More than 100 species in Catalonia in danger of extinction, study says
Arthropods are most threatened group, followed by sharks and rays
There are 27 critically endangered species in Catalonia and 84 more endangered, according to a study on biodiversity in Spain.
Critically endangered species have an extremely high risk of extinction in the wild, while an endangered species is one that is very likely to become extinct soon.
The group with most endangered species is arthropods (which includes insects, spiders, crabs etc.) with 33 species, followed by sharks and rays with 26 species and plants with 14 species.
Six areas of Catalonia were identified as hotspots of critically threatened biodiversity: the Ebre delta, Serra de Montsant Natural Park, Montseny Natural Park, and some parts of Cap de Creus Natural Park and the High Pyrenees Natural Park.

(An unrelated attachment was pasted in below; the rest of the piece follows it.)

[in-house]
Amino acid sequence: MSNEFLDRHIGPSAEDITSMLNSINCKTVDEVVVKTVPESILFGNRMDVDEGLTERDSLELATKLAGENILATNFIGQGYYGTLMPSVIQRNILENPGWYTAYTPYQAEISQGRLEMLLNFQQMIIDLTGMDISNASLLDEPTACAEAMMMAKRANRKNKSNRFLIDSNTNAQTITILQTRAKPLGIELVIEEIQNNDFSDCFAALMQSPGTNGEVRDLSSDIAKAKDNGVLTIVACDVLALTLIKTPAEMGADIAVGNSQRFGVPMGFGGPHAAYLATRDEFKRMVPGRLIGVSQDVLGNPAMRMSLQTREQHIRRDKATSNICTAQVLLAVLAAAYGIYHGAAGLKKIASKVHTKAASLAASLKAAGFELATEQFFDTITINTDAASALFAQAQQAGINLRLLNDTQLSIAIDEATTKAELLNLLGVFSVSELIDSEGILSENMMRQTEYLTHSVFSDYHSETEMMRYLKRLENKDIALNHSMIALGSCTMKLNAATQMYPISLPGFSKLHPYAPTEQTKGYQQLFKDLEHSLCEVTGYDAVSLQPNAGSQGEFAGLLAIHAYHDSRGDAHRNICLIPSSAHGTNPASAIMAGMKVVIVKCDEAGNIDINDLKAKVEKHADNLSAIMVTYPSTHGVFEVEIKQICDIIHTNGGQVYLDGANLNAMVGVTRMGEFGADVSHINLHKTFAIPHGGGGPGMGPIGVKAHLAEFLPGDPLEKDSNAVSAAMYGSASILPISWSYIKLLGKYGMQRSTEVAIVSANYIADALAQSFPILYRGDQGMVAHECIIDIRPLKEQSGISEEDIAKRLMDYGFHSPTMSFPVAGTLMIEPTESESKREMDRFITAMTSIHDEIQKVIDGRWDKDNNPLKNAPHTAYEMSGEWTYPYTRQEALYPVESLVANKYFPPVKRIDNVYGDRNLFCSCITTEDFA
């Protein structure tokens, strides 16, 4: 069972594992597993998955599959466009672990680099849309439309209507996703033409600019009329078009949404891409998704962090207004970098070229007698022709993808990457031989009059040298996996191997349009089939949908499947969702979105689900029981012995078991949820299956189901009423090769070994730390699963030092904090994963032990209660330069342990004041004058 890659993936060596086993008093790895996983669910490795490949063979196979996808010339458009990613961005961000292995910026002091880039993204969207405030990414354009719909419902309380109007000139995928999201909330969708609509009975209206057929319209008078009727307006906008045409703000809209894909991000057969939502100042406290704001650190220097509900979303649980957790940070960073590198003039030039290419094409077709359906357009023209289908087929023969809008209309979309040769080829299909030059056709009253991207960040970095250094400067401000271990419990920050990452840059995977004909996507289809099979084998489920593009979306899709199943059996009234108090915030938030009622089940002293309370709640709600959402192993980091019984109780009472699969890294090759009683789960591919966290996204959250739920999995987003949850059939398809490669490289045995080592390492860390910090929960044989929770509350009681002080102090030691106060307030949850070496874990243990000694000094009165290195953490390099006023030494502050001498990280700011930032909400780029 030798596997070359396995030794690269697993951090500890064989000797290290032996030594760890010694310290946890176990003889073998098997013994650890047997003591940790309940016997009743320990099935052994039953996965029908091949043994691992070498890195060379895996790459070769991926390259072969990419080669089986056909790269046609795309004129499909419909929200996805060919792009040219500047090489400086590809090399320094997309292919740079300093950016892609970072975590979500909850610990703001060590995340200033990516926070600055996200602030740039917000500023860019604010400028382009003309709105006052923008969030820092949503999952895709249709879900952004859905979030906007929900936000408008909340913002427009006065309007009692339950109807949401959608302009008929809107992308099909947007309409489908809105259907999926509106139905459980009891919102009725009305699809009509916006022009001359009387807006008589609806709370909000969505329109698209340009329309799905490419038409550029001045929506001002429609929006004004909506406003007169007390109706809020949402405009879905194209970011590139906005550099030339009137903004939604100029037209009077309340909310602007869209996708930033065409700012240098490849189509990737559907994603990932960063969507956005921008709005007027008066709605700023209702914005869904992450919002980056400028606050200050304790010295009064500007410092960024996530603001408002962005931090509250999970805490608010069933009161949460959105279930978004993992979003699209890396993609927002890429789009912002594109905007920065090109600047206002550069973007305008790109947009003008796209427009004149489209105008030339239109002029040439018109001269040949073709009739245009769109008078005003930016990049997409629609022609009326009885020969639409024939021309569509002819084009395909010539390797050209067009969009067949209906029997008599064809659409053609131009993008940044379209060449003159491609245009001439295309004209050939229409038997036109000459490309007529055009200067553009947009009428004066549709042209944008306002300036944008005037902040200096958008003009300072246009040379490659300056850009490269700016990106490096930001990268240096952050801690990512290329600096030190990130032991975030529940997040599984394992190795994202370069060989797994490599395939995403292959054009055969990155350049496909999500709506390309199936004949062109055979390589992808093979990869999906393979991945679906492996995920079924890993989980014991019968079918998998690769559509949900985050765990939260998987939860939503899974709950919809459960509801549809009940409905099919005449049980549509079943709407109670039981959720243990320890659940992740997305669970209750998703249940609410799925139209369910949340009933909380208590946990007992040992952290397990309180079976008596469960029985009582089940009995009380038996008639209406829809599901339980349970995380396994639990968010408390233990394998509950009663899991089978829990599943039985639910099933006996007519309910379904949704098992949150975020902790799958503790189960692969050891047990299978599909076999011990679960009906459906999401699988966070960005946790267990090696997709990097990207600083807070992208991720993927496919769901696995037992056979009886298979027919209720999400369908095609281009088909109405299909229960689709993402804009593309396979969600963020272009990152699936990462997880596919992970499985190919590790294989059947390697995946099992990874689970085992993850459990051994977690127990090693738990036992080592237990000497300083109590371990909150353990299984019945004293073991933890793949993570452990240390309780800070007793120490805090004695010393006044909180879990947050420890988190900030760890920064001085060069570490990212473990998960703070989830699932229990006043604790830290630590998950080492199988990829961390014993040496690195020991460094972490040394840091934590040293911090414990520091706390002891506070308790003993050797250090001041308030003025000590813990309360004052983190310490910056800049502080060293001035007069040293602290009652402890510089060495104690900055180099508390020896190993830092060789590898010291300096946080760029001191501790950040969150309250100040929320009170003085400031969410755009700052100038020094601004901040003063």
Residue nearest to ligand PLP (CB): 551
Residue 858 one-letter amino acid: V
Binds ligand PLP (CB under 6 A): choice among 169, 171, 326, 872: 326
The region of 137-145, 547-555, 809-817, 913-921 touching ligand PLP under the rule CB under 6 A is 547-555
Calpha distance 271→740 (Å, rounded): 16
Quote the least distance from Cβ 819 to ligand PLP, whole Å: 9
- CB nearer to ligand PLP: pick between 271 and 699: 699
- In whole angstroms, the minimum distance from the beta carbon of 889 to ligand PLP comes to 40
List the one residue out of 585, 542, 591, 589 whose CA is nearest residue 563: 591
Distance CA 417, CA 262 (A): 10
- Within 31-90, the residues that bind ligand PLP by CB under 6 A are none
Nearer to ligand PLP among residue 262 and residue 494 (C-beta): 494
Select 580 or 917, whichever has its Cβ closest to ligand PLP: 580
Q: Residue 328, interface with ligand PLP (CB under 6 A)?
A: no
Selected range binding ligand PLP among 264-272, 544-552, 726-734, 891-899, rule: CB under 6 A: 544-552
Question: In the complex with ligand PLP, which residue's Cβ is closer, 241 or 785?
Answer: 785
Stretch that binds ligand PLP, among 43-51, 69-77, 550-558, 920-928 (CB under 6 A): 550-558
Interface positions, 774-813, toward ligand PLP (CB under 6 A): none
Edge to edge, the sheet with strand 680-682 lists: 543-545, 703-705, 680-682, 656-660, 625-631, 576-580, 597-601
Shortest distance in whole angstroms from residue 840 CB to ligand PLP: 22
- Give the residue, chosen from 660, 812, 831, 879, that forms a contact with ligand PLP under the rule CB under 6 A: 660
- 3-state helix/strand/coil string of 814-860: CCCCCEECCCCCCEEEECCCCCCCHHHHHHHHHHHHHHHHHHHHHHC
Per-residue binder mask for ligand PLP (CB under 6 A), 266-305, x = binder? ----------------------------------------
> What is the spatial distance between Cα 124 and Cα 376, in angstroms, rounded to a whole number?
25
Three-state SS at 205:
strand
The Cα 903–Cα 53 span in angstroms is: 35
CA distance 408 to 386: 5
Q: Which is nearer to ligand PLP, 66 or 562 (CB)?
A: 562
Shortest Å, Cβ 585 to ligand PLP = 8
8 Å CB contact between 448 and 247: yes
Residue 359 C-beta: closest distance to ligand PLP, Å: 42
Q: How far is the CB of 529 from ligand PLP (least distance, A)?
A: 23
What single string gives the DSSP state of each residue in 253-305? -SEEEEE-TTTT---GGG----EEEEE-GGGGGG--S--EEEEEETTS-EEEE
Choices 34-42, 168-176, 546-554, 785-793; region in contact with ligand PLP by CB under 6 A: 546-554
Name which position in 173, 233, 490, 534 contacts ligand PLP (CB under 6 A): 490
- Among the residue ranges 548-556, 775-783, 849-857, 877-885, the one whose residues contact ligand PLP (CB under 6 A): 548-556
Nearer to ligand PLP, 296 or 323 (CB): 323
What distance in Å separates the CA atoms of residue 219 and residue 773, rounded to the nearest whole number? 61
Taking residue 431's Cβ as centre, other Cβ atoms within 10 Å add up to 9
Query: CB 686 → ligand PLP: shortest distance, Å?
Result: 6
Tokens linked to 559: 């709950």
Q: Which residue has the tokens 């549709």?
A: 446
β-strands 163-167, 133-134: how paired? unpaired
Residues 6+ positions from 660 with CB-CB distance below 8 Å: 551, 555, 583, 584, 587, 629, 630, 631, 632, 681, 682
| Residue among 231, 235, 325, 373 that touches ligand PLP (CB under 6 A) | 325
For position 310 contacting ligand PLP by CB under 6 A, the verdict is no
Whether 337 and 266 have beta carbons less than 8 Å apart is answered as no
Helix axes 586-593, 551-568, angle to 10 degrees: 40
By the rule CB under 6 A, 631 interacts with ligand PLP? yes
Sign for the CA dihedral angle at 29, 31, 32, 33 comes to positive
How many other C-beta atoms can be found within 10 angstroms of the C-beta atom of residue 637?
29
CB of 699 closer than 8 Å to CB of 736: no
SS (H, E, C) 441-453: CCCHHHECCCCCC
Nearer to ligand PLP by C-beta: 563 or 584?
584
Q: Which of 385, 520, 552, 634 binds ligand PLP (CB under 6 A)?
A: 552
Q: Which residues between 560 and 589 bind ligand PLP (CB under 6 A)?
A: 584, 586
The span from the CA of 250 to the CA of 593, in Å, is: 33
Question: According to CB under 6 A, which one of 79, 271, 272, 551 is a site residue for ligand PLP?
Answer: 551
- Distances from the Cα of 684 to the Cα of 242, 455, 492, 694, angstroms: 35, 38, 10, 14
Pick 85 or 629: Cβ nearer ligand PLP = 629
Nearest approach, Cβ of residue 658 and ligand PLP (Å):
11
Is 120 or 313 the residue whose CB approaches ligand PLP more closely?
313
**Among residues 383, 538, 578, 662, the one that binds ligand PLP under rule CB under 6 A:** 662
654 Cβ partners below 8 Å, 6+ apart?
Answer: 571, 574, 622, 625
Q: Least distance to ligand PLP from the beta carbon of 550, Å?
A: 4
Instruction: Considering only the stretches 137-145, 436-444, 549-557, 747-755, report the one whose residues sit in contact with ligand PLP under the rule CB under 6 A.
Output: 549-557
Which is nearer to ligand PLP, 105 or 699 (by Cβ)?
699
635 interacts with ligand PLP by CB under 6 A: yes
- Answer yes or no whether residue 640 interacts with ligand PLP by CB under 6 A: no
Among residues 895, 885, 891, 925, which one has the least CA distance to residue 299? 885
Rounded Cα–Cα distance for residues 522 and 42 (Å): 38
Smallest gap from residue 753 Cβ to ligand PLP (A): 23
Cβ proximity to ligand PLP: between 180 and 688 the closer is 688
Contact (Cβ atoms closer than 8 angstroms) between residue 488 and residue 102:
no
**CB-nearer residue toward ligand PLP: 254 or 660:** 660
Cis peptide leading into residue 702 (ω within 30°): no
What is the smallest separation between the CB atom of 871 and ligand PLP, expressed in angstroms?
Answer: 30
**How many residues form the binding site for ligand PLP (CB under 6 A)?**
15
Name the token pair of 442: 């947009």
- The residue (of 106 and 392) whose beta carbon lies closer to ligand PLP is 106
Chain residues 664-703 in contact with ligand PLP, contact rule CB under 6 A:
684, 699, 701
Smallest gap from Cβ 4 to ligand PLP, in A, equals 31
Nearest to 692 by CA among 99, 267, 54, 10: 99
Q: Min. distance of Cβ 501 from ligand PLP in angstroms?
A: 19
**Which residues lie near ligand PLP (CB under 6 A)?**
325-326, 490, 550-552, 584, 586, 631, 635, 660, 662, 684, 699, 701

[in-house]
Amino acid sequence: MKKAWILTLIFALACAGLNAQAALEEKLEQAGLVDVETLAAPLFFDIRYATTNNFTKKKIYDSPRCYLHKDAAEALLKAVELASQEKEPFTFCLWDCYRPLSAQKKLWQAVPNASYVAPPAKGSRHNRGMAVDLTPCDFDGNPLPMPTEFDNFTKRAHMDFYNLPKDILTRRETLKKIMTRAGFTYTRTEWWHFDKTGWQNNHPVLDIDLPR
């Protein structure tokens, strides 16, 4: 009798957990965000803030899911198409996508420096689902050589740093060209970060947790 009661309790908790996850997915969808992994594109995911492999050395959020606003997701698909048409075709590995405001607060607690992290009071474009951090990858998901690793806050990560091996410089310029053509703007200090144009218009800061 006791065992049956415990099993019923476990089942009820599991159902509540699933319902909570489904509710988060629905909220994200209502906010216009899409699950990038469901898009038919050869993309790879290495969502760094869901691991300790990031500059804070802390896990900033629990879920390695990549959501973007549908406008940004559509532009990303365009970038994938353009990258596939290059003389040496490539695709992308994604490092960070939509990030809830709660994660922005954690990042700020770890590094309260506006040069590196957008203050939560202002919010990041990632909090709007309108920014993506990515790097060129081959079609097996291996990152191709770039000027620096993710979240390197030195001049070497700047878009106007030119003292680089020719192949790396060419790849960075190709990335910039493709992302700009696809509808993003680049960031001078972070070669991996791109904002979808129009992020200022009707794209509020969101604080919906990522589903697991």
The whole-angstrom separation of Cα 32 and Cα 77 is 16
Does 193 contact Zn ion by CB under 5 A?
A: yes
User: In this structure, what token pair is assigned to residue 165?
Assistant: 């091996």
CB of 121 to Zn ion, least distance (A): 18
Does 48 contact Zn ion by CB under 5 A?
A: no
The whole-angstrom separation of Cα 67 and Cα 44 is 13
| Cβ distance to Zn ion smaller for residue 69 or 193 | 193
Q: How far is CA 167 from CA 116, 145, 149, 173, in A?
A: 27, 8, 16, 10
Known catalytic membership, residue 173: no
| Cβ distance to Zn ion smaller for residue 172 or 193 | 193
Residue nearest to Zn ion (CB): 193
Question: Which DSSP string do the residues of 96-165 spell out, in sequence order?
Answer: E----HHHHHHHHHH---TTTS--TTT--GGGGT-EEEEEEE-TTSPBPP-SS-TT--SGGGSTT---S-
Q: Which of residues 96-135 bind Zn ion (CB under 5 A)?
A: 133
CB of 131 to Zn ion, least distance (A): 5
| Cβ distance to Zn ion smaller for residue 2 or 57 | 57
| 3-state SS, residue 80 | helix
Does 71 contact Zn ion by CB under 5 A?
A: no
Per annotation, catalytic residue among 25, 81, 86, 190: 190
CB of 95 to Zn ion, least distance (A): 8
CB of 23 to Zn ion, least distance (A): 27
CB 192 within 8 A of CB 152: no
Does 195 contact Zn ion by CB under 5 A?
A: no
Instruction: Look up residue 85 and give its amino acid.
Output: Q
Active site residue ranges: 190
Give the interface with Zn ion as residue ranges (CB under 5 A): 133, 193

The Barcelona Zoo Foundation took part in the study, 'The Status of Biodiversity in Spain', which was coordinated by the Loro Parque Fundación’s Macronesia Species Survival Centre and the Spanish Committee of the International Union for Conservation of Nature, and published on Monday, May 22, the International Day for Biological Diversity.
Across Spain there are 193 critically endangered species, 418 endangered species and 498 vulnerable species.
Some of the critically endangered species in Catalonia include the Montseny brook newt, the noble pen shell or fan mussel, and the European polecat.
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